I want to make dulce de leche by boiling it. As the storebrought cans leach plastics like BPA into the food, I want to avoid using it. What are jars/cans, preferably reusable what you can put inside some food, close it and boil for several hours which so happens to be made from safe for humans material?

  • I would like to remind everybody: if you have an idea about what could work, post it as an answer. Comments are not designed for this, and will be deleted if used this way. – rumtscho Dec 7 '18 at 18:20

You can make dulce de leche by simply cooking ingredients in a pan on the stove top. Alton Brown has a good recipe. It only takes 1.5 to 2 hours, and you don't have to worry about a container. This recipe begins with regular whole milk. There are similar recipes available from other sources. These recipes add baking soda to increase the pH and speed up the Maillard reaction.

However, from your question, I suspect that you might be beginning with sweetened condensed milk. Serious Eats simply puts the can (without opening) into a pot of water, where it is simmered for 2 to 3 hours.

If you want to remove the contents and use a mason jar (as @FuzzyChef suggests), I would fill close to the top, allowing a little head space, and tighten "finger tip tight". Pressure will build up in the jar (or the can). But the proper use of mason jars is important so that you avoid cracking. "Finger tip tight" means to tighten the ring gently, that back off slightly. If you use the can, at least according to the Serious Eats recipe, you should have no issues.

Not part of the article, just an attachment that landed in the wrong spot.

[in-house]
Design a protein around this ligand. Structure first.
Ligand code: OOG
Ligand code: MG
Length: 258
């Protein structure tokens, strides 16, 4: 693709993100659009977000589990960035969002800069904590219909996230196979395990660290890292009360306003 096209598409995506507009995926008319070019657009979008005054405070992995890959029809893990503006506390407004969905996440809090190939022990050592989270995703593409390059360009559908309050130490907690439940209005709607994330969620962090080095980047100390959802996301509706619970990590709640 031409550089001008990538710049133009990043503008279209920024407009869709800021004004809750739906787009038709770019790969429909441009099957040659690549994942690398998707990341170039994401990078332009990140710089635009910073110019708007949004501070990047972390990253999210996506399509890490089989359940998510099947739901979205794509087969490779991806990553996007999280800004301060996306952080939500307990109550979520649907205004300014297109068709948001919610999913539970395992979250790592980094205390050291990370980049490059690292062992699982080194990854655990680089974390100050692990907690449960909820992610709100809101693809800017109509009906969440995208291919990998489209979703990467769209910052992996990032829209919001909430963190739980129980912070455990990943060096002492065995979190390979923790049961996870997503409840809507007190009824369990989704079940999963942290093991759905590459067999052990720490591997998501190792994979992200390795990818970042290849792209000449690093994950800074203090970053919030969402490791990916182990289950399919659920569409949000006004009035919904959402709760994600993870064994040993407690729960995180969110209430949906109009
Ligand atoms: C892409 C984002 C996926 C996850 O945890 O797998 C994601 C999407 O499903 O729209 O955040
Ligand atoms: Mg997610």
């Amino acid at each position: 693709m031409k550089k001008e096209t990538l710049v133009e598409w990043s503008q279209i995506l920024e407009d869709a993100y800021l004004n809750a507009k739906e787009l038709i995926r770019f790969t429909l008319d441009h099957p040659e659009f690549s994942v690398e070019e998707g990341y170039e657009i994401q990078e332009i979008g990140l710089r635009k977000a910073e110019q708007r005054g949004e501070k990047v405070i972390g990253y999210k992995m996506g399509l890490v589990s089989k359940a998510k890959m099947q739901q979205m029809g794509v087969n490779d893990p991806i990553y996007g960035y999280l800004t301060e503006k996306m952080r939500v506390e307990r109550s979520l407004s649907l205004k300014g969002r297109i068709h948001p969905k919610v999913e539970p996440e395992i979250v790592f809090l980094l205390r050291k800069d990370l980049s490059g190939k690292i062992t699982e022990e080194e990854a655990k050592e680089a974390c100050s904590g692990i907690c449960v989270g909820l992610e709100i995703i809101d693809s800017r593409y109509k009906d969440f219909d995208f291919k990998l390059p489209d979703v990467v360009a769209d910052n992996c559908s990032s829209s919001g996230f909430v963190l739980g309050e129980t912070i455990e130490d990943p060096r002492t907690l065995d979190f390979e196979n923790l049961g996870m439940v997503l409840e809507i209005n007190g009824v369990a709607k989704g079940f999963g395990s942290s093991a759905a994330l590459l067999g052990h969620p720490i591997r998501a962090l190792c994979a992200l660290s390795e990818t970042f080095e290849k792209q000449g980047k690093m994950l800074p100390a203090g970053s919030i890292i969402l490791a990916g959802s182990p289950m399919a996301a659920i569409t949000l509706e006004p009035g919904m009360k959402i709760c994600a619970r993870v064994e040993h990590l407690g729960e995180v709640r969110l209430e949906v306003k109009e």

By the way, the Serious Eats recipe that uses a can only takes 2 to 3 hours. Seven hours seems like a long time. I think your end product will be quite dark by then, but maybe that is your goal.


This is exactly what Mason Jars are for. They're glass, so they can stand long periods of heat without leaching, and are designed to be boiled. Unlike a can, I'd suggest leaving the lid secured loosely so that it can bleed off pressure.

  • 1
    "so it can bleed off pressure" - this is something why I hesitated to add a similar answer myself. My suspicion is that the pressure is needed to get proper dulce de leche, since browning of sugars is enhanced under pressure (I vaguely rememebr a McGee article on caramelizing sucrose at room temperature, with only pressure!) I would be very interested if somebody can confirm or disprove that it also works without pressure. – rumtscho Dec 8 '18 at 0:19
  • See the other answer. Pressure isn't a requirement. It may speed things up somewhat, but it's not required. – FuzzyChef Dec 9 '18 at 4:14

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